Immediately behind Herz’s tower we encounter Blaster, a mosaic by the Israeli artist Gal Weinstein, which stands out against the lawn with its bright colors. Looking toward the synagogue, we note a second work, Space Harrier, different in shape but equally colorful. The idea is to forge a relationship between a virtual archeological object and a real archeological site. The virtual image, two bomb craters, is by its very nature bodiless, immaterial and provisional. When made up of ceramic square-tiles, however, it acquires not only physicality but also memory and thus historical dignity and breadth. As Weinstein explains, “The object behaves like a parasite or chameleon. It tries to assume the identity of the place by changing its skin and acquiring ‘body’ through the use of real material”. In other words, the synagogue – a place steeped in history and memory with floors rich in mosaic decoration offers its own identity to an image that has none.


Conversely, the abstract drawing of the bomb crater produced by computer in this place and this historical moment becomes dramatically real and evocative, the symbol of the destruction of the same identity and memory that it assumes in order to exist. Strictly on a formal level, the jagged profile of the craters is surprisingly echoed in the shadow of the trees surrounding the synagogue. The work thus walks the tightrope between abstraction and figuration, form and substance, sculpture and painting. In the passage from the virtuality of the image to the reality of the object, the artificial colors give way to the bright hues of the ceramic squares and the immediacy of technological processing slows down in the laborious process of crafting the mosaic.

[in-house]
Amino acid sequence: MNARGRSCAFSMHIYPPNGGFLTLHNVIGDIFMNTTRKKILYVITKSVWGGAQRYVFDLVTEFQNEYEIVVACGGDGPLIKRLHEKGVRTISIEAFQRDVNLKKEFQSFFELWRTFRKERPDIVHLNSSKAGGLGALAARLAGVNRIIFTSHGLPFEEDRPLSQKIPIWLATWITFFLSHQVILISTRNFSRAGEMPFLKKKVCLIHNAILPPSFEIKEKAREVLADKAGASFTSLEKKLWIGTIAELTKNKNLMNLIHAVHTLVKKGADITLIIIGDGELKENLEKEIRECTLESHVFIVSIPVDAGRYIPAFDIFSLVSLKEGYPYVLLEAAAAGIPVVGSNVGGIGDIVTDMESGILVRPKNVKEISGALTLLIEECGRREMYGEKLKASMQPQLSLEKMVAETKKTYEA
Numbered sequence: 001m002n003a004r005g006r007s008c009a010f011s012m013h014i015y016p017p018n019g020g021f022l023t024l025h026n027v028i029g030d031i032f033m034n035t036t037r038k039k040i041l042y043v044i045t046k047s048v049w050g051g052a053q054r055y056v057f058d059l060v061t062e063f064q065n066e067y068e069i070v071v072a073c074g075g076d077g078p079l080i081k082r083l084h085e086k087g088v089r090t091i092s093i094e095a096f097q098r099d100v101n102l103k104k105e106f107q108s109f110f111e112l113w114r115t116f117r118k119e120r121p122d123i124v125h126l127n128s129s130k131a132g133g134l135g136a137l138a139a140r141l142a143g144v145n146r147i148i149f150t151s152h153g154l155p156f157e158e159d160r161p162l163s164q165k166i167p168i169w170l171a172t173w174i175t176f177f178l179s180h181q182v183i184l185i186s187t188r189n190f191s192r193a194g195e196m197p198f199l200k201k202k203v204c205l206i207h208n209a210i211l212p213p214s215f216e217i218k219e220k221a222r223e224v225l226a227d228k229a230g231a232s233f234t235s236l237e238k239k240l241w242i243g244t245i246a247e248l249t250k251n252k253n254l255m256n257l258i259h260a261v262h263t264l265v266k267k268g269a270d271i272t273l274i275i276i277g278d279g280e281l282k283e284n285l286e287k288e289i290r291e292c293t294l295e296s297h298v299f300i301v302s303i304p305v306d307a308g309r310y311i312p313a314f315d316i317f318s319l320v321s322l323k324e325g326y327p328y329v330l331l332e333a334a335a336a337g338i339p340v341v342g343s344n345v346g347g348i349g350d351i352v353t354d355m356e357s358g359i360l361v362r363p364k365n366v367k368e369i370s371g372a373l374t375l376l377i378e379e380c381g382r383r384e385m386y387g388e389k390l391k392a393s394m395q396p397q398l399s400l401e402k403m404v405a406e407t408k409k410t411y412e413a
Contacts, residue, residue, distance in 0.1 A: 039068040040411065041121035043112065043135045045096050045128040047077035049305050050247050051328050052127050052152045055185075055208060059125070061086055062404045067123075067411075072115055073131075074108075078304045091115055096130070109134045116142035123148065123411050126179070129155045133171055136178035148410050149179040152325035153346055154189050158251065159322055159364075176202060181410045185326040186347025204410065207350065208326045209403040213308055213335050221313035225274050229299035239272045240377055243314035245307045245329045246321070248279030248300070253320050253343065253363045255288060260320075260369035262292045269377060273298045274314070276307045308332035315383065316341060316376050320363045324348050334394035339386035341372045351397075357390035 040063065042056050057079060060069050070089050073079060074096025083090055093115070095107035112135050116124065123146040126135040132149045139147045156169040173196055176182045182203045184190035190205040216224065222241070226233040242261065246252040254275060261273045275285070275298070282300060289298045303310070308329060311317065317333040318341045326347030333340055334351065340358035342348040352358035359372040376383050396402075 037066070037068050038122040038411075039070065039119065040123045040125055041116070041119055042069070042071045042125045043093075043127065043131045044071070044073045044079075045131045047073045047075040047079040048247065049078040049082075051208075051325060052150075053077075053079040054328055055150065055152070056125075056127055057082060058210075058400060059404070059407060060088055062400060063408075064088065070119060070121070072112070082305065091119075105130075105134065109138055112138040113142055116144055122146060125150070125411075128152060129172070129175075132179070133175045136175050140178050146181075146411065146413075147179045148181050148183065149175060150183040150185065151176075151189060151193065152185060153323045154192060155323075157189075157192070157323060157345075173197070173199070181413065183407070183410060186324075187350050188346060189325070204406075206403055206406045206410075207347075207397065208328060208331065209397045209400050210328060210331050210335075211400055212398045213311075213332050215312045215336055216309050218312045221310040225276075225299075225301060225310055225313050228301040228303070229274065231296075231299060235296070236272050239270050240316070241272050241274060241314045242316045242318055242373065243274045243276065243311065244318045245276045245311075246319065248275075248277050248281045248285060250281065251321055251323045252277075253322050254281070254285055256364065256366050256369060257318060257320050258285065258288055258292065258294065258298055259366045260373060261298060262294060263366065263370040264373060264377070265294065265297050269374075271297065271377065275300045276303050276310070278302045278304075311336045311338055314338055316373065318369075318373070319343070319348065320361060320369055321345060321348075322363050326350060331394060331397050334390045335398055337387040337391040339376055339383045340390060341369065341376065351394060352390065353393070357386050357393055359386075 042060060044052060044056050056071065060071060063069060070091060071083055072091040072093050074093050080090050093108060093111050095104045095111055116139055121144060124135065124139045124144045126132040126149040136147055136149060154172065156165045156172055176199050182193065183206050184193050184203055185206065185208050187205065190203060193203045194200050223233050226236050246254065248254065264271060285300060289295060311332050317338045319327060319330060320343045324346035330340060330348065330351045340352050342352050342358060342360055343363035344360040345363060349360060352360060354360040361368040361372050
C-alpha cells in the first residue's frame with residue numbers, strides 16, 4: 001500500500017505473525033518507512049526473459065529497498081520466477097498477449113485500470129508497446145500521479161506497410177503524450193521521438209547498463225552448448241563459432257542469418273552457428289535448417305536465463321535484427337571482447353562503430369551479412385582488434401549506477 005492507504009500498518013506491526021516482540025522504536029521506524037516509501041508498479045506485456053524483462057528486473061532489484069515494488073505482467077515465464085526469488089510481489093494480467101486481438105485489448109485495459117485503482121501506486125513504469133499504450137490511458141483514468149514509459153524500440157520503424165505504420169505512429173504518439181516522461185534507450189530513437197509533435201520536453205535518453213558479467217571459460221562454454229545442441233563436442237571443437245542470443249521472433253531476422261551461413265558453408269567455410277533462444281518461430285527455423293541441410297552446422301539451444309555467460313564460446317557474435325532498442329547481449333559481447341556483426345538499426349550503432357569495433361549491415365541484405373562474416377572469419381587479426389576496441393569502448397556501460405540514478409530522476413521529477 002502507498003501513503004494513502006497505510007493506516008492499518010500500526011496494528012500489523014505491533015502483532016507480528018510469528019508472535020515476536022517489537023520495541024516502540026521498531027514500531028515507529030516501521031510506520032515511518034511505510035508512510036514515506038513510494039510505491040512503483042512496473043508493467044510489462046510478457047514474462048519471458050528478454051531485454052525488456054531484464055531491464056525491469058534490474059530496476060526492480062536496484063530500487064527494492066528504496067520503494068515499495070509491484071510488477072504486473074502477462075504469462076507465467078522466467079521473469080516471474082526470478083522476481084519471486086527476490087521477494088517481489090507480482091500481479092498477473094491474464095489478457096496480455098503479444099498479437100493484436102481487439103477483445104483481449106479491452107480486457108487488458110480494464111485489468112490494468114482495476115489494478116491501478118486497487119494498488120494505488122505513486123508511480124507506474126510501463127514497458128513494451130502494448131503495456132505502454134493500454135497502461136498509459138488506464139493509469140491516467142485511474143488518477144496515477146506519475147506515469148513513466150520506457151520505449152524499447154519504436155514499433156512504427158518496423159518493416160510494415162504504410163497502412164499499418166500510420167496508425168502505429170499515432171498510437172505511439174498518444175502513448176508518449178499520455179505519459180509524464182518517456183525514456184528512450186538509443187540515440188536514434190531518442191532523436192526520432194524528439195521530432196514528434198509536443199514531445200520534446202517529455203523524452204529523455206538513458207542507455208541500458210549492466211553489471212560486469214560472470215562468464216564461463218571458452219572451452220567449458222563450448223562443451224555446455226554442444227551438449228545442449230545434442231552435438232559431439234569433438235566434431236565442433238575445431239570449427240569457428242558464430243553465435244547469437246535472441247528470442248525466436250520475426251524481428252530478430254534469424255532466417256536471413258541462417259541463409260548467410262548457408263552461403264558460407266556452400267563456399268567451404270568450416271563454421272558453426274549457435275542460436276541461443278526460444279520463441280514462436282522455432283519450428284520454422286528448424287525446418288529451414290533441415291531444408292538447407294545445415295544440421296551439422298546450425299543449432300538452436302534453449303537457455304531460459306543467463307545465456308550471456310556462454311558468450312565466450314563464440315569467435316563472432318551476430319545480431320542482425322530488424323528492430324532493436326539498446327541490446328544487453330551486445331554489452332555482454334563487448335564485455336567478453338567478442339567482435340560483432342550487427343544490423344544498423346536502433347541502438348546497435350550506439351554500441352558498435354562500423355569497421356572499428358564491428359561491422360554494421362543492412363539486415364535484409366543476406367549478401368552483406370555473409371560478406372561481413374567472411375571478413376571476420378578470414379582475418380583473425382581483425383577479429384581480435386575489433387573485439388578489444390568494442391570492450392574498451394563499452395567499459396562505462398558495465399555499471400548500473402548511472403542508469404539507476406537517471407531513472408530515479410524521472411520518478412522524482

Rooted in the difficult present day reality of Israel, The Valley of Jezreel, produced for the LandEscapes exhibition in Philadelphia and now updated in the Herzliya Museum of Contemporary Art, takes the opposite course from reality to artifice. Reclaimed from the swamp in the 1920s, the Valley of Jezreel is a symbol of pioneering Zionism that has inspired generations of Israeli artists. The same valley is today a disputed area and place of conflict. By dismembering it to form an immensely complicated jigsaw puzzle of moquette pieces in colors echoing the original ones, Weinstein shatters the myth, reducing it to a surrogate and moreover, one seen from above.


Disorientation, contamination and perceptual ambiguity are the ingredients feeding Gal Weinstein’s work. Balloons (2000), for example, poke ironic fun at abstract-geometric painting. Standing out against a square pattern of different color, the five-pointed star is repeated incessantly along a wall as though it were a fresco wallpaper. It is no coincidence that this is a recurrent motif in Sol LeWitt’s wall drawings, devised by the artist and painted by his assistance to ensure that no manual contact on his part contaminates the original idea. Weinstein responds to the rigor of these works, however, with an image that is apparently painted but actually made up of countless balls of colored cotton and steel wool, materials associable with the body or operations connected with it, such as removing makeup.